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  • WikiLeaks founder Julian Assange is seen as he leaves a police station in London, Britain April 11, 2019.

    WikiLeaks founder Julian Assange is seen as he leaves a police station in London, Britain April 11, 2019. | Photo: Reuters

Published 13 June 2019
Opinion

"First of all, I am very pleased the police were able to apprehend him and now he is rightly behind bars because he broke UK law."

The United Kingdom’s Home Secretary Sajid Javid announced on Thursday that he signed the United States’ extradition request for Wikileaks founder Julian Assange.

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Javid said he said he signed the papers on Wednesday, a day after the U.S. Justice Department asked the United Kingdom to extradite Assange.

"First of all, I am very pleased the police were able to apprehend him and now he is rightly behind bars because he broke UK law," Javid told BBC Radio 4 on Thursday. "There is an extradition request from the U.S. that is before the courts tomorrow but yesterday I signed the extradition order and certified it and that will be going in front of the courts tomorrow.”

The UK Home Office said in a statement: "Mr Assange was arrested in relation to a provisional extradition request from the United States of America. He is accused of offences including computer misuse and the unauthorized disclosure of national defence information."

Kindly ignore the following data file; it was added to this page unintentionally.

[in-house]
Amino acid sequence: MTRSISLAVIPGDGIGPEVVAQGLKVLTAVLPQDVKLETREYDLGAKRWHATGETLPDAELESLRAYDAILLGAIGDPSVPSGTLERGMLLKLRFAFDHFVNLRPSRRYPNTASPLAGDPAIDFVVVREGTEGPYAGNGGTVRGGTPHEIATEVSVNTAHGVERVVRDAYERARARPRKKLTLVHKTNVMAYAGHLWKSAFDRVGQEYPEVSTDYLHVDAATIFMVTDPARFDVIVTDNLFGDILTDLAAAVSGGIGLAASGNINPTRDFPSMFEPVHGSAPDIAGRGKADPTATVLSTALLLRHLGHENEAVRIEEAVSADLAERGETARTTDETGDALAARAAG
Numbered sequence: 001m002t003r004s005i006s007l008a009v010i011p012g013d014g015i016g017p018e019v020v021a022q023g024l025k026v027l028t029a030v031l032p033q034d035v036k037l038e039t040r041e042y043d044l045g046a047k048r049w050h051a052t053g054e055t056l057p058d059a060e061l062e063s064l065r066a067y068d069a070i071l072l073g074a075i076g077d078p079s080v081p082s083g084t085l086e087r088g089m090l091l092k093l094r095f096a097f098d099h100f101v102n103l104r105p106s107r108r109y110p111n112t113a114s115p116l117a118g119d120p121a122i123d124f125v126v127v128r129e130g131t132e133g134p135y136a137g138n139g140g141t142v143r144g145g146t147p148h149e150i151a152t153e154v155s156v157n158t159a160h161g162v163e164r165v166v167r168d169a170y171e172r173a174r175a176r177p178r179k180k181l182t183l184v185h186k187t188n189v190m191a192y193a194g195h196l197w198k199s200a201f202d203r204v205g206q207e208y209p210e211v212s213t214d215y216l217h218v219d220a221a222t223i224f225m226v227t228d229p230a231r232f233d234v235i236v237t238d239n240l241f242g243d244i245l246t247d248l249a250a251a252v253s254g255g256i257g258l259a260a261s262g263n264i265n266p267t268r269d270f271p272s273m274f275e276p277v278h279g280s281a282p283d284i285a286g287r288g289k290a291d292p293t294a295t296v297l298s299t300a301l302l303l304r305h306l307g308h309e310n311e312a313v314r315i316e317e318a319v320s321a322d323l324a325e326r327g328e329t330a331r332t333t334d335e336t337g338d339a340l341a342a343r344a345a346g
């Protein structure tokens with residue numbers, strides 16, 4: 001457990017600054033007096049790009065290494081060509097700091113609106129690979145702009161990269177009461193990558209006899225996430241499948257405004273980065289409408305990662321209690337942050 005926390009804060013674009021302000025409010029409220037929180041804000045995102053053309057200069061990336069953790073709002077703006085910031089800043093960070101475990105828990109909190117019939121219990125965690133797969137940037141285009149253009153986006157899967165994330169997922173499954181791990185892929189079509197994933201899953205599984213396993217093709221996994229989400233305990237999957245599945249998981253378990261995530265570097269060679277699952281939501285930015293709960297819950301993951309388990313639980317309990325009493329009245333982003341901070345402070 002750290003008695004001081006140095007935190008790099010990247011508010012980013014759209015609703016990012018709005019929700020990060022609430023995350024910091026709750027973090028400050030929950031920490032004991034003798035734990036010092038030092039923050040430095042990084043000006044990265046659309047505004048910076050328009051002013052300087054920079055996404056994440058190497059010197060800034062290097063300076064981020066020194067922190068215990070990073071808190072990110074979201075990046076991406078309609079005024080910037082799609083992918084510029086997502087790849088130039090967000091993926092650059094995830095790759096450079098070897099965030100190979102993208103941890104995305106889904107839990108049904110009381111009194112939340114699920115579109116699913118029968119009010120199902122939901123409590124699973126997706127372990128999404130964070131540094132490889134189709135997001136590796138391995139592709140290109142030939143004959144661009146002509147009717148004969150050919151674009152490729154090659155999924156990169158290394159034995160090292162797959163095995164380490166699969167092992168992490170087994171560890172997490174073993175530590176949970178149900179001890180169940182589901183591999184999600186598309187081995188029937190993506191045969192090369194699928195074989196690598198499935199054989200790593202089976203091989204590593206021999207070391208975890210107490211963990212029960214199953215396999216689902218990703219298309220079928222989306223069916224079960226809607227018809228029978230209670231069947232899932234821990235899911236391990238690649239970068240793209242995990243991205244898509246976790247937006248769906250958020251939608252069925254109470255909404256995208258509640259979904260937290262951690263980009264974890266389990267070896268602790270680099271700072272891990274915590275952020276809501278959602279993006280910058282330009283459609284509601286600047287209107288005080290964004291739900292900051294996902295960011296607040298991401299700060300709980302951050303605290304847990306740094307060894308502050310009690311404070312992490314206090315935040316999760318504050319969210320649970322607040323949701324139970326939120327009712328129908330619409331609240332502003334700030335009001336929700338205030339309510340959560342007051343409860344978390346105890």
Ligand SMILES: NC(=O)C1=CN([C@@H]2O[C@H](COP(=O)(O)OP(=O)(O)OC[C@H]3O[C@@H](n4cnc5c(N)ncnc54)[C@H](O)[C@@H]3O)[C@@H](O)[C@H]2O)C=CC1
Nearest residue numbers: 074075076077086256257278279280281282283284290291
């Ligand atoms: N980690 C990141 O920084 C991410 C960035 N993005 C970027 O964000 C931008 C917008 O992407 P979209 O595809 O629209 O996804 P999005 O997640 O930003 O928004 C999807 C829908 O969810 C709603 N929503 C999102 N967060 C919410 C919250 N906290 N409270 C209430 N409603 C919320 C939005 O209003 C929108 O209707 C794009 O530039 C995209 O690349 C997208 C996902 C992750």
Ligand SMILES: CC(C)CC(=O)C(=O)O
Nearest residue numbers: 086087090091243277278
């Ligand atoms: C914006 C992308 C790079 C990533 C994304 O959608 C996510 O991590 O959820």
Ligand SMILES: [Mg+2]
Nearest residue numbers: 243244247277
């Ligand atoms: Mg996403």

"We have received the full extradition request, which has been certified by the Home Secretary,” the statement continued, adding “This case is now before the courts and it would be inappropriate to comment further."

The U.S. will detail all of the charges against Assange on Friday when they seek his extradition in a U.K court.

U.S prosecutors initially charged Assange with a single count of computer intrusion, but last month added 17 new counts, including controversial charges under the Espionage Act for encouraging, receiving and publishing national defense information in concert with former Army intelligence analyst Chelsea Manning.

Such a charge under the Espionage Act has never been successfully prosecuted, according to CNN legal analyst Steve Vladeck.

Assange's initial indictment sparked a debate over the First Amendment and whether his alleged role in procuring secret US material constituted protected journalistic activity.

Assange lived inside the Ecuadorian embassy in London for seven years until April when the country revoked his protection and he was arrested.

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